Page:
Alison, Benjamin and Jonathan tolerated (most of the time) my withdrawal from family life for the sake of this book and other work. I did not wish to have children, but as will appear frequently in this book (e.g., in the chapter on learning about numbers), observing them and interacting with them has taught me a great deal. In return, my excursions into artificial intelligence and the topics of the book have changed my way of relating to children. I think I now understand their problems better, and have acquired a deeper respect for their intellectual powers.
The University of Sussex provided a fertile environment for the development of the ideas reported here, by permitting a small group of almost fanatical enthusiasts to set up a 'Cognitive Studies Programme' for interdisciplinary teaching and research, and providing us with an excellent though miniscule computing laboratory. But for the willingness of the computer to sit up with me into the early hours helping me edit, format, and print out draft chapters (and keeping me warm when the heating was off), the book would not have been ready for a long time to come.
I hope that, one day, even better computing facilities will be commonplace in primary schools, for kids to play with. After all, primary schools are more important than universities, aren't they?
I should like to thank John Spiers of Harvester Press for tolerating my tardiness in completing the book, and Gillian Orton for patiently preparing the typescript for he printer.
Original pages 1-21
1.1. Computers as toys to stretch our minds
Developments in science and technology are responsible for some of the best and some of the worst features of our lives. The computer is no exception. There are plenty of reasons for being pessimistic about its effects in the short run, in a society where the lust for power, profit, status and material possessions are dominant motives, and where those with knowledge -- for instance scientists, doctors and programmers -- can so easily manipulate and mislead those without.
Nevertheless I am convinced that the ill effects of computers can eventually be outweighed by their benefits. I am not thinking of the obvious benefits, like liberation from drudgery and the development of new kinds of information services. Rather, I have in mind the role of the computer, and the processes which run on it, as a new medium of self-expression, perhaps comparable in importance to the invention of writing.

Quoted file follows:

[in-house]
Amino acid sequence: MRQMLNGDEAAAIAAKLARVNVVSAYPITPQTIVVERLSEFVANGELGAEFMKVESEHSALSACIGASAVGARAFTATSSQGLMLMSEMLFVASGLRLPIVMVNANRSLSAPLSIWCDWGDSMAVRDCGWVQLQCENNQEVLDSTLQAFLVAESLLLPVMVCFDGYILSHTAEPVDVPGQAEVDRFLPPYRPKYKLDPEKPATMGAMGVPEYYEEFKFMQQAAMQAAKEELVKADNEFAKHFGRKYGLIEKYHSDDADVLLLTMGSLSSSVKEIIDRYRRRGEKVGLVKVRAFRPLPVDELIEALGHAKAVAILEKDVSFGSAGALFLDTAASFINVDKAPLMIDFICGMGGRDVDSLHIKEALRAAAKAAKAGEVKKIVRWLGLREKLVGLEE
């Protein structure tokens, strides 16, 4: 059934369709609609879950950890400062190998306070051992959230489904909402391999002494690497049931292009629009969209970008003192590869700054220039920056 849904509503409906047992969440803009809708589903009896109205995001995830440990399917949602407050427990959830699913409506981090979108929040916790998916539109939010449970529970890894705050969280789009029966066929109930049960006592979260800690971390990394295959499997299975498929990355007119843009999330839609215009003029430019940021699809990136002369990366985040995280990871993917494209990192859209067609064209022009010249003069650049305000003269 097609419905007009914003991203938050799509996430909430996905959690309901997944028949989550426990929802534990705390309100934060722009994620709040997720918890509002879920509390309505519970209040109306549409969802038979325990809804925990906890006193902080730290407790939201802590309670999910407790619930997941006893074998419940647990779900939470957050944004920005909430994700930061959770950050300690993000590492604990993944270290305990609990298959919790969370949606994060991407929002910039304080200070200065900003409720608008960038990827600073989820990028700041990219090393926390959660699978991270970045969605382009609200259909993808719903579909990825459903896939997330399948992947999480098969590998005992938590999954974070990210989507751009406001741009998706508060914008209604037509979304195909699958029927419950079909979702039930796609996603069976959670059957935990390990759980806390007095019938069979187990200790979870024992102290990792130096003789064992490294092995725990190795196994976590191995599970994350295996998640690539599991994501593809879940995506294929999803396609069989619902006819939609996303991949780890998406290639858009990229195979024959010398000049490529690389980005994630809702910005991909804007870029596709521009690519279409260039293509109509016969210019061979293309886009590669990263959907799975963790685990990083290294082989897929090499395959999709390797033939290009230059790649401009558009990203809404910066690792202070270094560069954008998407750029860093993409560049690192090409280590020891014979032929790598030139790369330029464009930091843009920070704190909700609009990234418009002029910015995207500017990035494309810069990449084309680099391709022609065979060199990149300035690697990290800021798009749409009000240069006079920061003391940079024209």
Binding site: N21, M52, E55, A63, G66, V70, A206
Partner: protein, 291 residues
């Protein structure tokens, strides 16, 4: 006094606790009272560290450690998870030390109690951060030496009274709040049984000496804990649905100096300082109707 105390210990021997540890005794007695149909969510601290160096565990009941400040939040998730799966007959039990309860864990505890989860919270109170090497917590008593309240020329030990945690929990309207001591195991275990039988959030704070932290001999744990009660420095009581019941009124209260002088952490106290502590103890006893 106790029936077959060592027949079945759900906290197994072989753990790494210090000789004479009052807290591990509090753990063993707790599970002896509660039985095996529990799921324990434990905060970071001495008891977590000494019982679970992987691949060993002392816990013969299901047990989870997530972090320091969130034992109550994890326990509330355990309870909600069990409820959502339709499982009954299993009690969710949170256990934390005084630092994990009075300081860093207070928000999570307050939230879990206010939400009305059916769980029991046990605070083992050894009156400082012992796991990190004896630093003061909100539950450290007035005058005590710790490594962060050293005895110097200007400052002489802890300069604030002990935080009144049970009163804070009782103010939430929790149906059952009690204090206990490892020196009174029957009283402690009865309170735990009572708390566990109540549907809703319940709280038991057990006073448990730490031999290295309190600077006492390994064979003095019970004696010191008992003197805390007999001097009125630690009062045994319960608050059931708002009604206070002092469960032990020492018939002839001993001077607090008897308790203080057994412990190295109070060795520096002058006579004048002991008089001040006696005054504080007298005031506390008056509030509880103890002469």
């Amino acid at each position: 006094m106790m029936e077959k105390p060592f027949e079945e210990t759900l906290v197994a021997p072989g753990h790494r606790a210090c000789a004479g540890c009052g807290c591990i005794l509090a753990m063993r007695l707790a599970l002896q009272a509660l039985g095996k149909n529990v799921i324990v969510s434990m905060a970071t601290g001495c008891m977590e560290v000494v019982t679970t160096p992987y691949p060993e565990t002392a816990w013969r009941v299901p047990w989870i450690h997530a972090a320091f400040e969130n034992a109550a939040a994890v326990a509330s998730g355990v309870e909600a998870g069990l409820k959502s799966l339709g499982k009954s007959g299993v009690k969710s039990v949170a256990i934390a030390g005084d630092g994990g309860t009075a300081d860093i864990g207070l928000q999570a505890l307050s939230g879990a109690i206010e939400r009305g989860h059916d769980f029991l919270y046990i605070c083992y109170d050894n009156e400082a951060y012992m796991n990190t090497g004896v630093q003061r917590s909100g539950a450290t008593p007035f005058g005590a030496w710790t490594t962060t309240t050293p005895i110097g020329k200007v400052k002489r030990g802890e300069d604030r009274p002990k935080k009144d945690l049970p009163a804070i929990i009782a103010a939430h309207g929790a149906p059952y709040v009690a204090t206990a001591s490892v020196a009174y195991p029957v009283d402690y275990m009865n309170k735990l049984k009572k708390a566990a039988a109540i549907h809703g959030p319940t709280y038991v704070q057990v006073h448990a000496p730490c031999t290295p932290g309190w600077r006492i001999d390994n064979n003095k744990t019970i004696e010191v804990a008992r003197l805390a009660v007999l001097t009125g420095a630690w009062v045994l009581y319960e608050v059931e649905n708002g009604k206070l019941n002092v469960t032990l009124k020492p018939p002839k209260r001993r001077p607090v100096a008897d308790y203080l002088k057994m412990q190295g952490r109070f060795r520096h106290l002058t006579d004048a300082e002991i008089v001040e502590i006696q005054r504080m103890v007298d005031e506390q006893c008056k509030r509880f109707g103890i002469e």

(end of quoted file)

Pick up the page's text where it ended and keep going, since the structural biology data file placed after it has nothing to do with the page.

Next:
Think of it like this. From early childhood onwards we all need to play with toys, be they bricks, dolls, construction kits, paint and brushes, words, nursery rhymes, stories, pencil and paper, mathematical problems, crossword puzzles, games like chess, musical instruments, theatres, scientific laboratories, scientific theories, or other people. We need to interact with all these playthings and playmates in order to develop our understanding of ourselves and our environment that is, in order to develop our concepts, our thinking strategies, our means of expression and even our tastes, desires and aims in life. The fruitfulness of such play depends in part on how complex the toy and the processes it generates, and how rich the interaction between player and toy are.
A modern digital computer is perhaps the most complex toy ever created by man. It can also be as richly interactive as a musical instrument. And it is certainly the most flexible: the very same computer may simultaneously be helping an eight year old child to generate pictures on a screen and helping a professional programmer to understand the unexpected behaviour of a very complex program he has designed. Meanwhile other users may be attempting to create electronic music, designing a program to translate English into French, testing a program which analyses and describes pictures, or simply treating the computer as an interactive diary. A few old-fashioned scientists may even be doing some numerical computations.
Unlike pet animals and other people (also rich, flexible and interactive), computers are toys designed by people. So people can understand how they work. Moreover the designs of the programs which run on them can be and are being extended by people, and this can go on indefinitely. As we extend these designs, our ability to think and talk about complex structures and processes is extended. We develop new concepts, new languages, new ways of thinking. So we acquire powerful new tools with which to try to understand other complex systems which we have not designed, including systems which have so far largely resisted our attempts at comprehension: for instance human minds and social systems. Despite the existence of university departments of psychology, sociology, education, politics, anthropology, economics and international relations, it is clear that understanding of these domains is currently at a pathetically inadequate level: current theories don't yet provide a basis for designing satisfactory educational procedures, psychological therapies, or government policies.